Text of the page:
FILE - In this March 1, 2017 file photo, an Iraqi soldier inspects a recently-discovered train tunnel, adorned with an Islamic…
ILE - In this March 1, 2017 photo, an Iraqi soldier inspects a tunnel, adorned with an Islamic State flag.

WASHINGTON - Officials in Iraq say Islamic State (IS) fighters killed all seven members of a family in northern Salahuddin province on Friday, promoting widespread shock and anger among locals.

The outraged relatives of the victims refused to bury the remains until they would get answers from the country’s top leadership over what they called “continued security breaches” in the predominately Sunni area.

Multiple Iraqi officials, including the province’s governor Ammar al-Jabr, published a statement confirming the killings happened at dawn in Albu Dor village south of Salahuddin.

“We condemn in the strongest possible terms the cowardly attack,” al-Jabr said in the statement, “which resulted in the death of seven people, including women. And we confirm that the security services are fully investigating the circumstances surrounding the incident.”

IS claims responsibly

Shortly after the killings, IS claimed responsibly for killing six family members, calling them “spies” for the Iran-backed militias known collectively as the Popular Mobilization Forces (PMF). The extremist group made the announcement on its Telegram, a messaging platform it uses to spread propaganda. It also claimed responsibility for killing a police officer in the same area within the Salahuddin province north of Baghdad.

The village in Tikrit district is commonly known because it is also the birthplace of Iraq’s former president, Saddam Hussein. The area, experts say, is within “disputed territories” between the federal government and the Kurdistan Regional Government in the north. The tension between the two authorities has created a security gap making the area more conducive for the extremist groups to thrive, according to regional leadership.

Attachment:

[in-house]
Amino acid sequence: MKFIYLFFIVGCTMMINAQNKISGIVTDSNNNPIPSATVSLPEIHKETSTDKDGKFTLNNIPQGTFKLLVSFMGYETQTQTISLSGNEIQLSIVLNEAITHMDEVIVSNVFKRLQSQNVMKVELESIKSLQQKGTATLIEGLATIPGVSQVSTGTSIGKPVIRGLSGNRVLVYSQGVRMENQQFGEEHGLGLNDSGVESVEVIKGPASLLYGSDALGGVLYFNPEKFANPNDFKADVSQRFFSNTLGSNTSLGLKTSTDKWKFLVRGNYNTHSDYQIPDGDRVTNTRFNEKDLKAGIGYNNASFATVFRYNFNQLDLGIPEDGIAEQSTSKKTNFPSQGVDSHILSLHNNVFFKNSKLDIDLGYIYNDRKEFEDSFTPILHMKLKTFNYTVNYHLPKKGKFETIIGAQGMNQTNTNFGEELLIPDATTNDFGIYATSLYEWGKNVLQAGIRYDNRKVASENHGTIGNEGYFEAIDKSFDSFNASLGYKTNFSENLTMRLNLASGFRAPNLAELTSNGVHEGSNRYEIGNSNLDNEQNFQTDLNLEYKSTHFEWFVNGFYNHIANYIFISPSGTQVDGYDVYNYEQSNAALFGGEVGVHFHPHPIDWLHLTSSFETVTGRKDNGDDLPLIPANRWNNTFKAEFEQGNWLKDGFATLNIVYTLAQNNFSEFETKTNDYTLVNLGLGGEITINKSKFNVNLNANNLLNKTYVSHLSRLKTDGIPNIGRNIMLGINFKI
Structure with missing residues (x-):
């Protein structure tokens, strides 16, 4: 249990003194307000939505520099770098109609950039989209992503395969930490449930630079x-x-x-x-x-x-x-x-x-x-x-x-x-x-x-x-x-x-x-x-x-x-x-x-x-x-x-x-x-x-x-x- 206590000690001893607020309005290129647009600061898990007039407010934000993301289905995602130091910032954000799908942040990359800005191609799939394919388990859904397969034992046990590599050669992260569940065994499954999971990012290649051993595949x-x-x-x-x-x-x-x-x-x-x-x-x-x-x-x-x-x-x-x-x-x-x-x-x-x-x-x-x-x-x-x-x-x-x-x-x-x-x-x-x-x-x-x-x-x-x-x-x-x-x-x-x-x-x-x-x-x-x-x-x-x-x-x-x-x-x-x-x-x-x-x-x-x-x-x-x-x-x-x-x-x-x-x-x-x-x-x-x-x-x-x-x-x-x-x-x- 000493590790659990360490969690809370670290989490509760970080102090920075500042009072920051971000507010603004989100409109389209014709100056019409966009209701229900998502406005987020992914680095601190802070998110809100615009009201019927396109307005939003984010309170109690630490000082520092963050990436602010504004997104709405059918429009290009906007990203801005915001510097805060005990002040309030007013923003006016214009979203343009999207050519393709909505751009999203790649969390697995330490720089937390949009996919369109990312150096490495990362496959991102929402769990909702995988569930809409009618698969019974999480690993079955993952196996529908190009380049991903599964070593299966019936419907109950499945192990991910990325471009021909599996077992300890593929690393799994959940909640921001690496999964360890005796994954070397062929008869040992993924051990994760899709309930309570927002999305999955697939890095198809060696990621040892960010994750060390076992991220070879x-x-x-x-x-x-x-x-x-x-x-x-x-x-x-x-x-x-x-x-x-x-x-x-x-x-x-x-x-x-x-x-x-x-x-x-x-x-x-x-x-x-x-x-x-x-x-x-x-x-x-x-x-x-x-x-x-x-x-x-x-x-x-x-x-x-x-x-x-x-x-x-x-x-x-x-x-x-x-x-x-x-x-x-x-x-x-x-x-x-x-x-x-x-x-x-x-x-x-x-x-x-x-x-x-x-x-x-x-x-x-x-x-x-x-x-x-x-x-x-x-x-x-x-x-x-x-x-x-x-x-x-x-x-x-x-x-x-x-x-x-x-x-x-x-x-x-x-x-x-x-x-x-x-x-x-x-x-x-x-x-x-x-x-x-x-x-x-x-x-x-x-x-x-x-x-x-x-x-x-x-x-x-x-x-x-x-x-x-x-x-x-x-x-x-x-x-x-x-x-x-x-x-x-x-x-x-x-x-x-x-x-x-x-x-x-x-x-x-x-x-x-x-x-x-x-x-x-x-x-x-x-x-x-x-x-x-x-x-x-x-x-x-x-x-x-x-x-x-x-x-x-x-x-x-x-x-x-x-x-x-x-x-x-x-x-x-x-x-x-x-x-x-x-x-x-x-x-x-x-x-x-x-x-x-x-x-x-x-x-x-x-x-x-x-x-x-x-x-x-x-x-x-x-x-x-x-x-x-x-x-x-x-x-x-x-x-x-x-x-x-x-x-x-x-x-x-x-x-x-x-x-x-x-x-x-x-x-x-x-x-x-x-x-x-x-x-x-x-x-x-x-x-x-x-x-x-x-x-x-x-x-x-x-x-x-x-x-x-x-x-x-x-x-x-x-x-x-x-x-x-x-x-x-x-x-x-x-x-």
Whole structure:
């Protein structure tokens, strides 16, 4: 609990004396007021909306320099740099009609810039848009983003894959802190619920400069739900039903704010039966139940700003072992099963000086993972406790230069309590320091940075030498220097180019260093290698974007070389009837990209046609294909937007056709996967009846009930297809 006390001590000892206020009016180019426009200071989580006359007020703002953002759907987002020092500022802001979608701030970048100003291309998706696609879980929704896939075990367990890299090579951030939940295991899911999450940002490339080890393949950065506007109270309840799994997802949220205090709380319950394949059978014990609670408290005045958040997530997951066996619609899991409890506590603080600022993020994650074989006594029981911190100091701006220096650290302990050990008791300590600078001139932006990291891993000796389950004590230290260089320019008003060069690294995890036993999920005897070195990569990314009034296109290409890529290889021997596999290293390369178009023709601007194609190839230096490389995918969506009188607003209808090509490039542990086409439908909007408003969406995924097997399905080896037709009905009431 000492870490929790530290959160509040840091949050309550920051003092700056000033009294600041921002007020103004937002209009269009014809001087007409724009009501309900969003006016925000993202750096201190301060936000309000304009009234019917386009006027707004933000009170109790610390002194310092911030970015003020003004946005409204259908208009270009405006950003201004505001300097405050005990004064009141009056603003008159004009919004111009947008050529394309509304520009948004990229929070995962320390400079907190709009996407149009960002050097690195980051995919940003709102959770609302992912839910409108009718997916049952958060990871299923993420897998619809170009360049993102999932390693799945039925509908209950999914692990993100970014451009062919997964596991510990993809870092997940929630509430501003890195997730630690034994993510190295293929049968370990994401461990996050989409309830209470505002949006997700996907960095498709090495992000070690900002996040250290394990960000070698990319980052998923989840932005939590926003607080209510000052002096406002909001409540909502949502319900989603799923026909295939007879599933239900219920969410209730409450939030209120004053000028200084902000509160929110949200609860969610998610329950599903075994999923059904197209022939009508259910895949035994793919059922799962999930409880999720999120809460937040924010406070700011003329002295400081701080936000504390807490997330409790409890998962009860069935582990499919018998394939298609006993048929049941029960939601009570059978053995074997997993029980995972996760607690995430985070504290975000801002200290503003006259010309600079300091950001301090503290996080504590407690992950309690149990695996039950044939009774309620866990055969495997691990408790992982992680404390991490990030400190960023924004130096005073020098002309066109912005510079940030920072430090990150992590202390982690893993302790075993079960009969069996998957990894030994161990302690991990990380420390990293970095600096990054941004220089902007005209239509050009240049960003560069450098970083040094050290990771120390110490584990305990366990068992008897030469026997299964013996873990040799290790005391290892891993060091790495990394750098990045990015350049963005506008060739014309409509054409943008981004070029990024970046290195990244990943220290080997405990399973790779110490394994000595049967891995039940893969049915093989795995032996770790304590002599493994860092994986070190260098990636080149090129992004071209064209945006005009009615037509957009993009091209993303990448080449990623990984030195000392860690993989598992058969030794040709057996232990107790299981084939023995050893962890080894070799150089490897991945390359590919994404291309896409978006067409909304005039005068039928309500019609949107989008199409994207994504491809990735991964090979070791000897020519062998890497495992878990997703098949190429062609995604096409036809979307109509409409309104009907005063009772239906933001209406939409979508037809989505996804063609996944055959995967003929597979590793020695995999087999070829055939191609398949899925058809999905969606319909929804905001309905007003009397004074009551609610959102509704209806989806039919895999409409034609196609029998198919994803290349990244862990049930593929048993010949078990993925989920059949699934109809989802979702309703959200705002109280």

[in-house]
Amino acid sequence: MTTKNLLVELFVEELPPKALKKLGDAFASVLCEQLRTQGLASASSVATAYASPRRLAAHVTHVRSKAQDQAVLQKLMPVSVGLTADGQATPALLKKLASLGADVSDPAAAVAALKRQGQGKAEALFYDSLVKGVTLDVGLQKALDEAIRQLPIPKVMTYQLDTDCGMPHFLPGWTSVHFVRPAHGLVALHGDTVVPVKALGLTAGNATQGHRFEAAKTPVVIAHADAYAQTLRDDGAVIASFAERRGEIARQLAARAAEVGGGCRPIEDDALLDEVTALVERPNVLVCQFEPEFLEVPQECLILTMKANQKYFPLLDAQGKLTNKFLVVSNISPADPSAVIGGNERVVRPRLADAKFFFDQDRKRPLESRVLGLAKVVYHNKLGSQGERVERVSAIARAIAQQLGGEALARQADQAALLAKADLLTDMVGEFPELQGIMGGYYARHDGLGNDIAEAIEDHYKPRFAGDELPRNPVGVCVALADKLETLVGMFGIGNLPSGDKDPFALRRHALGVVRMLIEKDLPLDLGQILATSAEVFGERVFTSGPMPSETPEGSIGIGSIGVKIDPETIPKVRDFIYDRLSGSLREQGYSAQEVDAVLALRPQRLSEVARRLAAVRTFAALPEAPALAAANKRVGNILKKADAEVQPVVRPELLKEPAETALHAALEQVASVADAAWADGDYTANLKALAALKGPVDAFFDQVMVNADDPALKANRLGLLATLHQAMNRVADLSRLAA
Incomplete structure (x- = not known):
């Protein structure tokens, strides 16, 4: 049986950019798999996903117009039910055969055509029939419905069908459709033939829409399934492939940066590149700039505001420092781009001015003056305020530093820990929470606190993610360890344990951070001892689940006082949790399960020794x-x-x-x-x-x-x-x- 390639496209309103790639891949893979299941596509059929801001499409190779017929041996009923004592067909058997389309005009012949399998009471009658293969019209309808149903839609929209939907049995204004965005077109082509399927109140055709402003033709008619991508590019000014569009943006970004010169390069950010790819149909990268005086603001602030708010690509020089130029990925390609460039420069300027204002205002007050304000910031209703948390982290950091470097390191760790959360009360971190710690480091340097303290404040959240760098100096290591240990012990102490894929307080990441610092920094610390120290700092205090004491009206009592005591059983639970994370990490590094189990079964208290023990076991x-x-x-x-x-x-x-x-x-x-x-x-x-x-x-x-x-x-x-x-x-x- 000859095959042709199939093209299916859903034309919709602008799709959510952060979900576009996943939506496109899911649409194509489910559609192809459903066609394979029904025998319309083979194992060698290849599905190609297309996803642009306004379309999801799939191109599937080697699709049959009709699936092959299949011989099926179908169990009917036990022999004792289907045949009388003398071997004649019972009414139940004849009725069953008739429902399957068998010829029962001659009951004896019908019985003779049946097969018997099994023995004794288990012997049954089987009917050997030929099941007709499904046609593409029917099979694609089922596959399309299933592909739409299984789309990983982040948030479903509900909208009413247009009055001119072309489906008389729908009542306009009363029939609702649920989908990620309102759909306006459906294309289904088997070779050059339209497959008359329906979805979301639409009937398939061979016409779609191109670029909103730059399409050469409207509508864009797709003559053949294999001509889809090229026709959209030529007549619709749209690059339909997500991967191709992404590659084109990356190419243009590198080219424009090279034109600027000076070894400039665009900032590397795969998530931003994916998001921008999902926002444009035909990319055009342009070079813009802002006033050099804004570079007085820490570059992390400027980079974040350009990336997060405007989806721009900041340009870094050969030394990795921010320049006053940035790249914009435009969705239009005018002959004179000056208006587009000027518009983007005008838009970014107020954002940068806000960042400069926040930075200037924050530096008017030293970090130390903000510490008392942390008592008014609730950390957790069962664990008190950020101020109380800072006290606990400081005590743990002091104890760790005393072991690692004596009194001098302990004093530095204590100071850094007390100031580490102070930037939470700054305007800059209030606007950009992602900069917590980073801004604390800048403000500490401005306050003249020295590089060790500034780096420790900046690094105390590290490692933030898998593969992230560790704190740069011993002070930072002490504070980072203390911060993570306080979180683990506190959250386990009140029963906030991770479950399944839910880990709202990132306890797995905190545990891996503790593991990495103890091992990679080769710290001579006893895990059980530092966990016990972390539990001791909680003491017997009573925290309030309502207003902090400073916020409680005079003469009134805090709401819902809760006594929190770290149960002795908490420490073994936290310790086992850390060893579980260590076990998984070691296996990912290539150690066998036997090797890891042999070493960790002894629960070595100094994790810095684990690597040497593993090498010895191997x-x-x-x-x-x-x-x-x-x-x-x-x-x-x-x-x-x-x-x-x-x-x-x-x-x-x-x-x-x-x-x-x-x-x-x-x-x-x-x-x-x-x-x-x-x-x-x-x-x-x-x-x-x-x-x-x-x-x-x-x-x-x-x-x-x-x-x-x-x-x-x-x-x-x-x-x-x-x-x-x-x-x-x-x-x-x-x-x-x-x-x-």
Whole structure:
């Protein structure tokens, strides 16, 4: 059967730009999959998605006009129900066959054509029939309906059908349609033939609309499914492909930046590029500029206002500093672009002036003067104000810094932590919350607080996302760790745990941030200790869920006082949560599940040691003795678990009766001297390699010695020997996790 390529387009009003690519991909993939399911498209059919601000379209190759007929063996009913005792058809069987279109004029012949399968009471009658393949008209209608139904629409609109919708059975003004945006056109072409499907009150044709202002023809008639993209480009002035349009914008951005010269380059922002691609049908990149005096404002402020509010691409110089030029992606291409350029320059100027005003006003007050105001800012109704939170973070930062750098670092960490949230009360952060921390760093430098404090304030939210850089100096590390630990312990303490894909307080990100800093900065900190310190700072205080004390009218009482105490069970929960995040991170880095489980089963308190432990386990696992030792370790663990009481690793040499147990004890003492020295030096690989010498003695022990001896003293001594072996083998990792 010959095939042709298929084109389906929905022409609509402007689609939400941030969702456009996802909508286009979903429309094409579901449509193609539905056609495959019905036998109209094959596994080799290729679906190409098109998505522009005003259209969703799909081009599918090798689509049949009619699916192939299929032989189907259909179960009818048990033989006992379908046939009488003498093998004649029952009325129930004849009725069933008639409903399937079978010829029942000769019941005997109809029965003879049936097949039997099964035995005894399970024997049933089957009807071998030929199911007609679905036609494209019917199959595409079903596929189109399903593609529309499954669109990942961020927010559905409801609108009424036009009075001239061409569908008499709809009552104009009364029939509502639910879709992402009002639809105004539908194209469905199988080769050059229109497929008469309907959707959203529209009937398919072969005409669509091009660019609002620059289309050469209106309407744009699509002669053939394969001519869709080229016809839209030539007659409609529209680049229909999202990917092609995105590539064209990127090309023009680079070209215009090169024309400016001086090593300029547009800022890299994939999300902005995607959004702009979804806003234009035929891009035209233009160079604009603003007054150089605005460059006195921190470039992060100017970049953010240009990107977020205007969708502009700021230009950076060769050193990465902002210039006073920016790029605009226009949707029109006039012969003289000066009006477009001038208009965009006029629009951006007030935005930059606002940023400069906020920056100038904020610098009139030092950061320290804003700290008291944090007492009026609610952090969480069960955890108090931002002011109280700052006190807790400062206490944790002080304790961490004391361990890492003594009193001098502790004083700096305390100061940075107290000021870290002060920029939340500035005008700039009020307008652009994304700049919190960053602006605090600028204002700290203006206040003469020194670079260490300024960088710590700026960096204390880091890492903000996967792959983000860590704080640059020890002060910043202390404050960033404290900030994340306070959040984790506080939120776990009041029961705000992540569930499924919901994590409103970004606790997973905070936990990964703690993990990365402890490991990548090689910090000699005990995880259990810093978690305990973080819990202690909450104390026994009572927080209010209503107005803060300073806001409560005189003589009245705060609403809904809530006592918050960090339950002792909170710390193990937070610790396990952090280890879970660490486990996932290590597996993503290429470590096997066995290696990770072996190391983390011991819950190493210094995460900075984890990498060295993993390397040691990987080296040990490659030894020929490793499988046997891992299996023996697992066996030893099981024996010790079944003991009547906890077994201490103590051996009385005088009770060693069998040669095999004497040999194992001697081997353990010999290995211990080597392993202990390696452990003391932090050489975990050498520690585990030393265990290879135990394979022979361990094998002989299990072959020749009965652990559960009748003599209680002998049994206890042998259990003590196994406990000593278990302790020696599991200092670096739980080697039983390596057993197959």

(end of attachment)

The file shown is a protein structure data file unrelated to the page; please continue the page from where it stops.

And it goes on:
“Armed men wearing masks and military uniforms were riding two cars, according to eyewitness accounts from the area,” Tikrit mayor Omar al-Shindah told Iraqi news site Shafaq.

A continuous threat

The attack indicates how the terror group continues to pose a deadly threat to civilians in the country, even though it no longer controls territory.

The assault also comes days after the head of the Catholic Church, Pope Francis, paid a historic visit to Iraq and met with the country’s top leadership, including Grand Ayatollah Ali al-Sistani, Iraq’s most senior Shia cleric. It was widely considered a success since no major violent incidents broke out during the Pope’s four-day visit.

Call for 'local force' 

Some Iraqis immediately blamed the Shiite-led government in Baghdad for the attack, and said authorities failed to provide adequate protection for the Sunni areas. They called on federal authorities to help create a “local force” to oversee security in the surrounding area.

“The government is responsible for the series of crimes committed by these cowardly murderers,” said Qutaiba al-Jubouri, an Iraqi lawmaker from Salahuddin in a statement. “Because they did not act after the Al-Farhatiya massacre and did not reveal the perpetrators.”

Al-Jubouri is referring to an incident last October in Al-Farhatiya, Salahuddin village, where 12 people were killed during a mass shooting. Asa'ib Ahl al-Haq or the Khazali Network, an Iran-backed Iraqi Shi'a militia, is said to be the primary suspect for carrying the attack, according to local officials.

Shortly after the Friday attack, Iraqi Prime Minister Mustafa al-Kadhimi ordered an investigation into the killings. The findings of that inquiry, however, have not yet been made public.